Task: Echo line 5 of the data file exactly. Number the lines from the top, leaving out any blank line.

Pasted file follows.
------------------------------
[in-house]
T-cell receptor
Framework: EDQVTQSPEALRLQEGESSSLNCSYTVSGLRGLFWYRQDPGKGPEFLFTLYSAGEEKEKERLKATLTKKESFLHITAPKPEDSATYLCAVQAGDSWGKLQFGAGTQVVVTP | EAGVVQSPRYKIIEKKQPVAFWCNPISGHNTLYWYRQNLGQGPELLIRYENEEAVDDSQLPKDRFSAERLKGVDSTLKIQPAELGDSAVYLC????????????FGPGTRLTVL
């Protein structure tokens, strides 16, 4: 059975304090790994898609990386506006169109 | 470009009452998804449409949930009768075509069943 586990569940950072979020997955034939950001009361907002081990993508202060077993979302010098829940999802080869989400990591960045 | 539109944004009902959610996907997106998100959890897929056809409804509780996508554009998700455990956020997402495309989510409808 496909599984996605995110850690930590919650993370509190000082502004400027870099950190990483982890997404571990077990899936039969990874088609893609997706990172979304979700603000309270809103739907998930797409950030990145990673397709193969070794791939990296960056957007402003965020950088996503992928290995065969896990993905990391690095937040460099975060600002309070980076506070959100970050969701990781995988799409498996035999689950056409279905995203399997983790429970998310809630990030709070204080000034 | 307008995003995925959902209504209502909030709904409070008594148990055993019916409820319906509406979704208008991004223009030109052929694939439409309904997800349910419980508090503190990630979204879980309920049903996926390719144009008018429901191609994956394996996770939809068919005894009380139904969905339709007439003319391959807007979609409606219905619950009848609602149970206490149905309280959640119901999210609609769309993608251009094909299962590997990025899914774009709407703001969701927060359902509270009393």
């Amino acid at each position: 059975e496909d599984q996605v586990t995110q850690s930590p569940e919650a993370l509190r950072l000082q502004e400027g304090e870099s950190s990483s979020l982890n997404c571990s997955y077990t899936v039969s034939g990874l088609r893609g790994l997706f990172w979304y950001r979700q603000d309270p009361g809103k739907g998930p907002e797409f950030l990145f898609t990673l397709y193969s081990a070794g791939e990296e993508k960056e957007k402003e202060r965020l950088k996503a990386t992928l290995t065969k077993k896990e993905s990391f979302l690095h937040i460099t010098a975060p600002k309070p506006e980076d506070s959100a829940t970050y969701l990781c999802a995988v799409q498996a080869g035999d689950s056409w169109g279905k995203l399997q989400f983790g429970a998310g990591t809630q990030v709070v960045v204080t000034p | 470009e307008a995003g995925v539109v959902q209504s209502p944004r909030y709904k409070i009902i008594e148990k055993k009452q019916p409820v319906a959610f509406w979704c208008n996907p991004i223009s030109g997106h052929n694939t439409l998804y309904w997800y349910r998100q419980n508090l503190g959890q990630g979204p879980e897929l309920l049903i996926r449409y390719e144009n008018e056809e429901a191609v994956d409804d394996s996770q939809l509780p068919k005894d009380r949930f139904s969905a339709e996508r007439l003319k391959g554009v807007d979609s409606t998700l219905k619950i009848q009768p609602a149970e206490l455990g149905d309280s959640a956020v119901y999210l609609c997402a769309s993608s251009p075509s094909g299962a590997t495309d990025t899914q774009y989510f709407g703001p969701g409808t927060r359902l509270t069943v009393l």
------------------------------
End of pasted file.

């Amino acid at each position: 059975e496909d599984q996605v586990t995110q850690s930590p569940e919650a993370l509190r950072l000082q502004e400027g304090e870099s950190s990483s979020l982890n997404c571990s997955y077990t899936v039969s034939g990874l088609r893609g790994l997706f990172w979304y950001r979700q603000d309270p009361g809103k739907g998930p907002e797409f950030l990145f898609t990673l397709y193969s081990a070794g791939e990296e993508k960056e957007k402003e202060r965020l950088k996503a990386t992928l290995t065969k077993k896990e993905s990391f979302l690095h937040i460099t010098a975060p600002k309070p506006e980076d506070s959100a829940t970050y969701l990781c999802a995988v799409q498996a080869g035999d689950s056409w169109g279905k995203l399997q989400f983790g429970a998310g990591t809630q990030v709070v960045v204080t000034p | 470009e307008a995003g995925v539109v959902q209504s209502p944004r909030y709904k409070i009902i008594e148990k055993k009452q019916p409820v319906a959610f509406w979704c208008n996907p991004i223009s030109g997106h052929n694939t439409l998804y309904w997800y349910r998100q419980n508090l503190g959890q990630g979204p879980e897929l309920l049903i996926r449409y390719e144009n008018e056809e429901a191609v994956d409804d394996s996770q939809l509780p068919k005894d009380r949930f139904s969905a339709e996508r007439l003319k391959g554009v807007d979609s409606t998700l219905k619950i009848q009768p609602a149970e206490l455990g149905d309280s959640a956020v119901y999210l609609c997402a769309s993608s251009p075509s094909g299962a590997t495309d990025t899914q774009y989510f709407g703001p969701g409808t927060r359902l509270t069943v009393l």